RHS studies wellbeing in gardens
The idea is not new, there is already a lot of research about the impact of gardens on our mental health and wellbeing. But the Royal Horticultural Society (RHS) is taking a step further by developing a ‘wellbeing blueprint’ at the experimental garden in Wisley, Surrey.
The garden is split into many sections with different coloured flowers and scents to determine the specific effects plants and flowers have on people.
Colours such as blue and green can have a soothing effect while warmer tones have the power to energise us, and this can also be said about scents.
General information about this can be found online based on ancient Ayurvedic medicine, but contemporary investigation is still relatively scarce.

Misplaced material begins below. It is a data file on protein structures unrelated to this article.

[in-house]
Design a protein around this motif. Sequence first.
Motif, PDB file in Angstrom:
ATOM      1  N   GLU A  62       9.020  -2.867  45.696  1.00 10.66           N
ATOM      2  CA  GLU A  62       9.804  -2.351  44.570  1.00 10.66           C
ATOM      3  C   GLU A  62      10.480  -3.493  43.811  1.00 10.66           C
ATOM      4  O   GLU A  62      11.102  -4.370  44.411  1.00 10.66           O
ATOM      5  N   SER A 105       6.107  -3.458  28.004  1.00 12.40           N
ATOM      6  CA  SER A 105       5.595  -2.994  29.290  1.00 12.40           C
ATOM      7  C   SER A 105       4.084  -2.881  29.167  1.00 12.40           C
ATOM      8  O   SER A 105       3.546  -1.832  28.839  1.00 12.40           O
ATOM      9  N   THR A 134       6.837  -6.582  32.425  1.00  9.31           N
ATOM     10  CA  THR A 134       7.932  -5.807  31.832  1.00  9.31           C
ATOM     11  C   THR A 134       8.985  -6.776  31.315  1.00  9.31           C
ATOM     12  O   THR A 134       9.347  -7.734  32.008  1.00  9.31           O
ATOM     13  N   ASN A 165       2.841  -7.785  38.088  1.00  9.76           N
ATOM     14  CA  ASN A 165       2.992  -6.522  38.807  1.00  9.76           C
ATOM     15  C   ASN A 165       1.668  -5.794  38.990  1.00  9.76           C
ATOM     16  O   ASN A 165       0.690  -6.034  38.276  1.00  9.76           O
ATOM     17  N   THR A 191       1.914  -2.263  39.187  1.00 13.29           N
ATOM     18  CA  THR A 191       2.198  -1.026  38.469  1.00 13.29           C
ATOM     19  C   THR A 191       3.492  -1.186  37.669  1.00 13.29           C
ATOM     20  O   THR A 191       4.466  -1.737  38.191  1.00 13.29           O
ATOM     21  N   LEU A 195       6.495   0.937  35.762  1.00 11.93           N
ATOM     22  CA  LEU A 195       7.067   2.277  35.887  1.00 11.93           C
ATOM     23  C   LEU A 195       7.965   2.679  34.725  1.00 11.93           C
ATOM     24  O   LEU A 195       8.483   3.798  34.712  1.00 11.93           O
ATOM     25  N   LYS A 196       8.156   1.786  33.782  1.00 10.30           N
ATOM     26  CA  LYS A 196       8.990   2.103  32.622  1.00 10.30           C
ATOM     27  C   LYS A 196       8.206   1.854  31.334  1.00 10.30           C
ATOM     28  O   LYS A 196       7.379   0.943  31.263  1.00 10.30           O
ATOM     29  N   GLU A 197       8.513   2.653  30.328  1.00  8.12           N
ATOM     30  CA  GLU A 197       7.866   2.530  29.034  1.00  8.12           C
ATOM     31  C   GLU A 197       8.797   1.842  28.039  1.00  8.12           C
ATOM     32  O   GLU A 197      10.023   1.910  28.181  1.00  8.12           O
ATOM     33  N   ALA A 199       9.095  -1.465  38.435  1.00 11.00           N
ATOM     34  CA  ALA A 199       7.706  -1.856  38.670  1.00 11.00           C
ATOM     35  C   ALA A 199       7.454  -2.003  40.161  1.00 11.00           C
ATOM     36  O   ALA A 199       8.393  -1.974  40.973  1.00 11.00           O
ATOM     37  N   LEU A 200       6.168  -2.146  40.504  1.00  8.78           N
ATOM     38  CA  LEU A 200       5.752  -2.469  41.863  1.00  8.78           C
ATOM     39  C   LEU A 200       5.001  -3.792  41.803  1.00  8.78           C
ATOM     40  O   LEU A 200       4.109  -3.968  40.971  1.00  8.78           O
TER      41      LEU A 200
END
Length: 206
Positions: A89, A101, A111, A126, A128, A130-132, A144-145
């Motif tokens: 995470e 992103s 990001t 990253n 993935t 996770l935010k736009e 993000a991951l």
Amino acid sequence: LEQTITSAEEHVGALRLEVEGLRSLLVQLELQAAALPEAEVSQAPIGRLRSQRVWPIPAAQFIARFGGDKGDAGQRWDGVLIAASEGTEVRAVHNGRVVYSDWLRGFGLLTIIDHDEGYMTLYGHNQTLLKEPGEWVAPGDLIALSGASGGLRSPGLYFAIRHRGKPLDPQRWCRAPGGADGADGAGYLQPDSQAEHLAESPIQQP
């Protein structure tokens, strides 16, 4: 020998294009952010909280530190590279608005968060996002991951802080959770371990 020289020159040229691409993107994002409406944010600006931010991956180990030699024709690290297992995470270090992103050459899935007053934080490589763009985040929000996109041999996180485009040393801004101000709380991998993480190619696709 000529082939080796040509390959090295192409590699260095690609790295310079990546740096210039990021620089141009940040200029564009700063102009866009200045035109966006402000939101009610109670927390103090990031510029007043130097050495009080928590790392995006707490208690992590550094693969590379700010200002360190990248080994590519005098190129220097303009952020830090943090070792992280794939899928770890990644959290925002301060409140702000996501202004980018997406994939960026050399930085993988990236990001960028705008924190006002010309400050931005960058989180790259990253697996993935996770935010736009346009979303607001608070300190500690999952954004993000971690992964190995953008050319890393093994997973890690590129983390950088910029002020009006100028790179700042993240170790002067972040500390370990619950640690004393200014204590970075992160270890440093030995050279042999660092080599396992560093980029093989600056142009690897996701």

This scientific research, led by Dr Lauriane Chalmin-Pui, will help us understand further what the garden arouses in people and can help schools and hospitals maximising the potential of their green spaces to enhance wellbeing.
Speaking to the Guardian newspaper, the scientist said that “for someone who is anxious, maybe they do need something as calming as possible. But actually, sometimes if you’re feeling depressed, you probably don’t need that, maybe you need something to uplift you.”
Chalmin-Pui is analysing the whole range of human emotions and how they can be evoked through specific colours and smells in the garden. Her findings will be published later this year. If you’re visiting Wisley in the coming weeks don’t miss the opportunity of visiting Royal Roots.
Starting on 20 March, the first day of spring in 2023, it’s the first temporary exhibition in the Old Laboratory’s Wisley Gallery celebrating the long association between the royal family and RHS. It features a beautiful collection of watercolours signed by royal patrons for over 200 years, including Prince Albert, Queen Elizabeth, the Queen Mother and King Charles III. The exhibition ends on 26 May.
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